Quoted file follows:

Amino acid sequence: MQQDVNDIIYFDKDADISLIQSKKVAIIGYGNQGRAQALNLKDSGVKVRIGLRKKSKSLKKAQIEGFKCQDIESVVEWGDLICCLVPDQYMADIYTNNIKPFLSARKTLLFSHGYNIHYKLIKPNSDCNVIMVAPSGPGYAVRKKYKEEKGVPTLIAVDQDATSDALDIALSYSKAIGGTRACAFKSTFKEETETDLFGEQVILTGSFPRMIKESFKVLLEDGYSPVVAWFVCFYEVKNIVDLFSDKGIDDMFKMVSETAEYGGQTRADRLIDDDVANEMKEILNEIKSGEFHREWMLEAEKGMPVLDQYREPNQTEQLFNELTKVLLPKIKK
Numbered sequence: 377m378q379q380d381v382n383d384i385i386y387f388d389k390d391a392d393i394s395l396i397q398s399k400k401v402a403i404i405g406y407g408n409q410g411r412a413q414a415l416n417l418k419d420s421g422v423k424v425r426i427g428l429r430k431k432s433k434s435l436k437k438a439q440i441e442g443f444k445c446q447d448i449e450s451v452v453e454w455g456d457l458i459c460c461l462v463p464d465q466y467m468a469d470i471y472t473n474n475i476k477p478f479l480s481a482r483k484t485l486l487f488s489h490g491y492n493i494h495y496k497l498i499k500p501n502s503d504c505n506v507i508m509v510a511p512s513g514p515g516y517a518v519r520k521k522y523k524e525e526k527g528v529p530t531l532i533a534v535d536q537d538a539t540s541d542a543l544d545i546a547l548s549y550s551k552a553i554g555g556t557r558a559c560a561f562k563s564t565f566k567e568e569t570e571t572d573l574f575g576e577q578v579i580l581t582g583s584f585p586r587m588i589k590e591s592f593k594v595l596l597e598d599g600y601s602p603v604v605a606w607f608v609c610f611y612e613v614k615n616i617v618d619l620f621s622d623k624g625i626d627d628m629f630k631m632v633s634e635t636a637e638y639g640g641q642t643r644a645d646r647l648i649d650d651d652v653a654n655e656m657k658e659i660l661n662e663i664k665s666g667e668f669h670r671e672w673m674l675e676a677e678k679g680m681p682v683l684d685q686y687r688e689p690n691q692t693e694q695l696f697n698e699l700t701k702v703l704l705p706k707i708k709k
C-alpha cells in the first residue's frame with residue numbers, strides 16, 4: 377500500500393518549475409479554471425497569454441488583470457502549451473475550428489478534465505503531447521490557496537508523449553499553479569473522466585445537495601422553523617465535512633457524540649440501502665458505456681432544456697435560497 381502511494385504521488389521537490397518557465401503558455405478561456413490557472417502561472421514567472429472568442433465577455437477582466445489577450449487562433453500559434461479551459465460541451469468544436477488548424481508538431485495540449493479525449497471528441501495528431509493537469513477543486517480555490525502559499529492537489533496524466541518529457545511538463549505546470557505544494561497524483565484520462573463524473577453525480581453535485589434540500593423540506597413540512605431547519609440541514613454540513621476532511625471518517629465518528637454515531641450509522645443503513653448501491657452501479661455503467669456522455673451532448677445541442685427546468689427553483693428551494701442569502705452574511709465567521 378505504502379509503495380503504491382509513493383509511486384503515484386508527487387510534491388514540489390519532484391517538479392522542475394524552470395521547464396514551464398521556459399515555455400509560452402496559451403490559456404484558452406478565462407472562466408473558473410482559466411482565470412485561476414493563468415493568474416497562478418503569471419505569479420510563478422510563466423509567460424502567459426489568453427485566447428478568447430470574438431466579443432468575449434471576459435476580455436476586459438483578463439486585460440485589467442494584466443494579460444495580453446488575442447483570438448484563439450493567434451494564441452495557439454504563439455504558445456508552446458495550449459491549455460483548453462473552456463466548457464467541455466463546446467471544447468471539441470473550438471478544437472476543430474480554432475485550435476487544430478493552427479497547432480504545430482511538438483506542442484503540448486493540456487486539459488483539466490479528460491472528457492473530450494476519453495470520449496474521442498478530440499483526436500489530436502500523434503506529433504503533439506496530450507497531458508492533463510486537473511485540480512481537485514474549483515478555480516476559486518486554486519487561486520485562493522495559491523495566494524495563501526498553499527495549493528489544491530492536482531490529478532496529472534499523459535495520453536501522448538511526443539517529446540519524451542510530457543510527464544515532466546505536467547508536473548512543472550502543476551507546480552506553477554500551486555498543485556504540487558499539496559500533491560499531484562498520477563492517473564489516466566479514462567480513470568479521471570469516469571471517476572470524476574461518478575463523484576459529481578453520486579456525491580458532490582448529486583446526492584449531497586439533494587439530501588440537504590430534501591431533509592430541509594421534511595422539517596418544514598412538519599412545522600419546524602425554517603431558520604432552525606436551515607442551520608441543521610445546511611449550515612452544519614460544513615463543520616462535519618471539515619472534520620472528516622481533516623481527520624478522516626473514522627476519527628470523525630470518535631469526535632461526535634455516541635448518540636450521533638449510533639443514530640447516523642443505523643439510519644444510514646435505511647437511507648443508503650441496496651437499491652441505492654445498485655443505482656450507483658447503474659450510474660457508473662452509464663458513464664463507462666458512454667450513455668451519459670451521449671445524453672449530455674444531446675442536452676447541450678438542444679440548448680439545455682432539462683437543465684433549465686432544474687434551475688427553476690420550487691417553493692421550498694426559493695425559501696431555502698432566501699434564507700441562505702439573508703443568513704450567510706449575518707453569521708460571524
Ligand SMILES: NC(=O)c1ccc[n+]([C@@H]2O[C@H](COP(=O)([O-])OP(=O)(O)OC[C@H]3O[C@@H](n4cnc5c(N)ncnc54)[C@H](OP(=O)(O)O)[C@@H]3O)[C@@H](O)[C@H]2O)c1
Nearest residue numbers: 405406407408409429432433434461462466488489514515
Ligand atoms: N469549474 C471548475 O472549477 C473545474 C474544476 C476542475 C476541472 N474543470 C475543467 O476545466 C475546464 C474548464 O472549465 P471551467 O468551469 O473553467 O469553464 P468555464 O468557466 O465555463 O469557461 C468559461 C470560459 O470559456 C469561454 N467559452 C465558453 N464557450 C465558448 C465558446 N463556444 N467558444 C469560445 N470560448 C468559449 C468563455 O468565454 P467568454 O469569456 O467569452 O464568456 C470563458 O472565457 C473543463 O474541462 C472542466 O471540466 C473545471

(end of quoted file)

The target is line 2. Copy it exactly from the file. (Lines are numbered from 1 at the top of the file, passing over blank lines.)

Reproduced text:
Numbered sequence: 377m378q379q380d381v382n383d384i385i386y387f388d389k390d391a392d393i394s395l396i397q398s399k400k401v402a403i404i405g406y407g408n409q410g411r412a413q414a415l416n417l418k419d420s421g422v423k424v425r426i427g428l429r430k431k432s433k434s435l436k437k438a439q440i441e442g443f444k445c446q447d448i449e450s451v452v453e454w455g456d457l458i459c460c461l462v463p464d465q466y467m468a469d470i471y472t473n474n475i476k477p478f479l480s481a482r483k484t485l486l487f488s489h490g491y492n493i494h495y496k497l498i499k500p501n502s503d504c505n506v507i508m509v510a511p512s513g514p515g516y517a518v519r520k521k522y523k524e525e526k527g528v529p530t531l532i533a534v535d536q537d538a539t540s541d542a543l544d545i546a547l548s549y550s551k552a553i554g555g556t557r558a559c560a561f562k563s564t565f566k567e568e569t570e571t572d573l574f575g576e577q578v579i580l581t582g583s584f585p586r587m588i589k590e591s592f593k594v595l596l597e598d599g600y601s602p603v604v605a606w607f608v609c610f611y612e613v614k615n616i617v618d619l620f621s622d623k624g625i626d627d628m629f630k631m632v633s634e635t636a637e638y639g640g641q642t643r644a645d646r647l648i649d650d651d652v653a654n655e656m657k658e659i660l661n662e663i664k665s666g667e668f669h670r671e672w673m674l675e676a677e678k679g680m681p682v683l684d685q686y687r688e689p690n691q692t693e694q695l696f697n698e699l700t701k702v703l704l705p706k707i708k709k